The War on Beards
I belong to the Marketers With Beards group on Facebook. It's something Lee Odden started a few years ago as an experiment in using Facebook groups, and it's hung around ever since (apologies if the link doesn't load, it's a closed group).
Earlier this week, one of the members noticed that the Marketing Tech Blog e-newsletter, from proud marketer with a beard Douglas Karr, featured an ad for Harry's razors!
"I was shocked this morning when I opened my email and in your newsletter I saw an ad for a RAZOR!!!! OMG ... Have you joined the dark side? What's going on, Doug? Tell me it's not so." —Chad Pollit, Relevance, marketer with a beard.
Then I looked at my copy of our Today @ Target Marketing newsletter for that day, and saw this!
Come to think of it, I'd been seeing Harry's ads all over Facebook and other websites. Were they targeted at members of the Marketers With Beards group? It was a cross-channel assault on beardedness!
Now, I noticed both of our e-newsletters carry ads powered by LiveIntent. So those are essentially network ads targeted at the individual e-newsletter recipients. When I see Harry's, you might see Dot & Bo or Caribbean vacations — or, in an ideal world, something more marketing focused. (I'm sure Chad, Douglas and everyone else in the MWB is aware of that too.)
And of course, the Harry's ads I'd been seeing all over were the same. I'm in a demographic Harry's is targeting.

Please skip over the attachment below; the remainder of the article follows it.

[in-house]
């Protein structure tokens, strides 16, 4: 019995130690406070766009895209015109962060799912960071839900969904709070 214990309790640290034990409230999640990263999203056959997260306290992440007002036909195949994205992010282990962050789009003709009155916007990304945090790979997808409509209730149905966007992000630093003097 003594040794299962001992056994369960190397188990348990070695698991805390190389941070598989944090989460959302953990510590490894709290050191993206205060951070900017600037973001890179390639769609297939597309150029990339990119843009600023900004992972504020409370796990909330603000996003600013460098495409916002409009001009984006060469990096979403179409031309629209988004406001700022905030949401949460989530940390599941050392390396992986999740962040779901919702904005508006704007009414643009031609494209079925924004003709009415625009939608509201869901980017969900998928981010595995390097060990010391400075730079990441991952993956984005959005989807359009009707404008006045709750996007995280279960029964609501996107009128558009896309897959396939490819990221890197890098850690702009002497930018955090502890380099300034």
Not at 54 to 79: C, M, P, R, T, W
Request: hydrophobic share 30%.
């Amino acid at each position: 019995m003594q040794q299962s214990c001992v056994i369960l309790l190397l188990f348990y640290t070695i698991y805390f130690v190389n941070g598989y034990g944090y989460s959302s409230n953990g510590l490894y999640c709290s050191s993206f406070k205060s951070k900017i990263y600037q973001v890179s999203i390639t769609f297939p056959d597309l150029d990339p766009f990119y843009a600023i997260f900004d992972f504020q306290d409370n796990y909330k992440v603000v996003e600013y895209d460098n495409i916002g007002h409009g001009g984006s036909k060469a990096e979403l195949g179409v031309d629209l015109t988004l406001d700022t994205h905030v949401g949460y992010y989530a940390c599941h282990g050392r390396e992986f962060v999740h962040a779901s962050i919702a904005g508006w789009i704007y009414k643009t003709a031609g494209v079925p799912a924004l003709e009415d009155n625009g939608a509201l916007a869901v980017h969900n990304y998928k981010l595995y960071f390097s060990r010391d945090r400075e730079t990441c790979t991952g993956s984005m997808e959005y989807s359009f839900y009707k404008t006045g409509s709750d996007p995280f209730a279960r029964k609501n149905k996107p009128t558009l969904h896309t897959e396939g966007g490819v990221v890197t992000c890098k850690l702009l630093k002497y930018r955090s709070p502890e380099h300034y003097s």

Beyond that, I have no idea how these ads are being aimed. I stumble around some websites that I could definitely see them targeting based on cookies. But I'm also in this Marketers With Beards group on Facebook.
In reality, Harry's is probably advertising to a bunch of attributes in different model combinations and just keeps catching me, and the other Marketers With Beards, in those personas.
But it's really easy when you're seeing those ads incoming to draw other conclusions. "Hey, we're all part of the Marketers With Beards group, Harry's is taking a shot at us and telling us to shave! Arrrrrghhh!"
We've seen a few examples of this kind of advertising being received poorly. Remember Denny Hatch's "Zappos.com Is Chasing Me All Over the Internet!" and "Son of Zappos.com Is Chasing Me Around Europe!"?
in fact, while I was searching up those articles, I saw this:
This is another example of how marketing is different today than it was 10 or 20 years ago. When 90s folks saw your advertising plastered across TV, radio and print ads, they may have gotten annoyed, but they didn't take it personally.
Today, with all the targeted — but still saturating — advertising options, prospects take that annoyance personally. Because it IS personal — you did aim those ads at them, after all.
And it's really easy for a prospect in your target lock, even a savvy marketing prospect, to interpret that extra attention with a tinfoil hat.
Keep that in mind when you're setting up your digital campaigns. Make an impression, just don't make the wrong one.